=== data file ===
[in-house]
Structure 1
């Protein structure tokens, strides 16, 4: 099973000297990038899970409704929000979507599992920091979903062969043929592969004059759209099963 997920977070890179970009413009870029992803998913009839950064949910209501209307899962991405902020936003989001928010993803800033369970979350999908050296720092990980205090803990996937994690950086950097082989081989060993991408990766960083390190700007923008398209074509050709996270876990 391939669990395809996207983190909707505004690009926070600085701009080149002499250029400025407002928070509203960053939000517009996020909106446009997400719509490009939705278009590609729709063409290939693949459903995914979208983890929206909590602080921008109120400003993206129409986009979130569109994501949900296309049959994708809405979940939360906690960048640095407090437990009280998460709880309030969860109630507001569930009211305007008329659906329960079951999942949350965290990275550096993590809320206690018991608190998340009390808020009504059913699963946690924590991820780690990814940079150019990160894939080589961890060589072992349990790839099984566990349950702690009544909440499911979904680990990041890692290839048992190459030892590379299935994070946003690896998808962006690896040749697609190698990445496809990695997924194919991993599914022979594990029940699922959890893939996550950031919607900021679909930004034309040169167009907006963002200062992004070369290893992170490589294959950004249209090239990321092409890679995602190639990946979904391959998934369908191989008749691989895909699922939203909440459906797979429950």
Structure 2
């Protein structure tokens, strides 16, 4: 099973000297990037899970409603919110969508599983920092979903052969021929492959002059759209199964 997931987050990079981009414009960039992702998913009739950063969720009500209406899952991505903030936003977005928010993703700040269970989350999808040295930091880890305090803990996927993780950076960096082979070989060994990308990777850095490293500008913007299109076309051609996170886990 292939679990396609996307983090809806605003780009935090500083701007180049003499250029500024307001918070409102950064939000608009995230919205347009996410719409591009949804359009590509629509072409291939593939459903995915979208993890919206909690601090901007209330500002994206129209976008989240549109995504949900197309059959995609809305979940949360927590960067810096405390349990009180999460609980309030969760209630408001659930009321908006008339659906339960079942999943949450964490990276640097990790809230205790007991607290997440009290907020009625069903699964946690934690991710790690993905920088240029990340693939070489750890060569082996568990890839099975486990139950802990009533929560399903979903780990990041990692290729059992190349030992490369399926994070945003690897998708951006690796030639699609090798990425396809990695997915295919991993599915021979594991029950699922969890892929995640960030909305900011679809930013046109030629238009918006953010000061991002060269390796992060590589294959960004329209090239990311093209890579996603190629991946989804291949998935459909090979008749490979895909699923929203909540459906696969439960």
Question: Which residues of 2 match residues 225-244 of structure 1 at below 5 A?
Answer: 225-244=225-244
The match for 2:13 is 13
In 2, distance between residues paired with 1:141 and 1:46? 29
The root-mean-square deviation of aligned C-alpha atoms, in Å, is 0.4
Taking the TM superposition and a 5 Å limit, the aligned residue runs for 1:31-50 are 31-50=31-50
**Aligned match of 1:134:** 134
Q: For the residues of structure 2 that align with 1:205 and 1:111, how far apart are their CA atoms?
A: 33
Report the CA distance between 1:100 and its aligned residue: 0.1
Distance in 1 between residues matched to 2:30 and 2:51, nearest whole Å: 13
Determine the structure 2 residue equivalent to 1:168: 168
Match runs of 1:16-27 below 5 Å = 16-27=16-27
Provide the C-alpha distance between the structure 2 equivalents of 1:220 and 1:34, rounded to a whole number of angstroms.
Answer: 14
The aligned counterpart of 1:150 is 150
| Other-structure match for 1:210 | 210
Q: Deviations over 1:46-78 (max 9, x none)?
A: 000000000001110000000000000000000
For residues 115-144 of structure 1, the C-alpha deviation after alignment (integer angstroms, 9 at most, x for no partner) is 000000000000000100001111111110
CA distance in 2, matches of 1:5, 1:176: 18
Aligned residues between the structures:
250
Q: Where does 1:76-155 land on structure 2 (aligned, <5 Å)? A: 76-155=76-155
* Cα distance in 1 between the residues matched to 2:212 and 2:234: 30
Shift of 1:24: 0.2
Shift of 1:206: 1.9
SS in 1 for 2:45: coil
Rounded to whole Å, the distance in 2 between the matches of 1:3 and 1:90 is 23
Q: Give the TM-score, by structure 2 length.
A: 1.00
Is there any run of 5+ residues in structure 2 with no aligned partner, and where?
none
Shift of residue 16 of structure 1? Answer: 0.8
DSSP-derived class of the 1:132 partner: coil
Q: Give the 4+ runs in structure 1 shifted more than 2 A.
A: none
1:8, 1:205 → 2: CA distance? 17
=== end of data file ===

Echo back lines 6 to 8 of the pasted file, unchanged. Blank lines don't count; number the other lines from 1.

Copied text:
Question: Which residues of 2 match residues 225-244 of structure 1 at below 5 A?
Answer: 225-244=225-244
The match for 2:13 is 13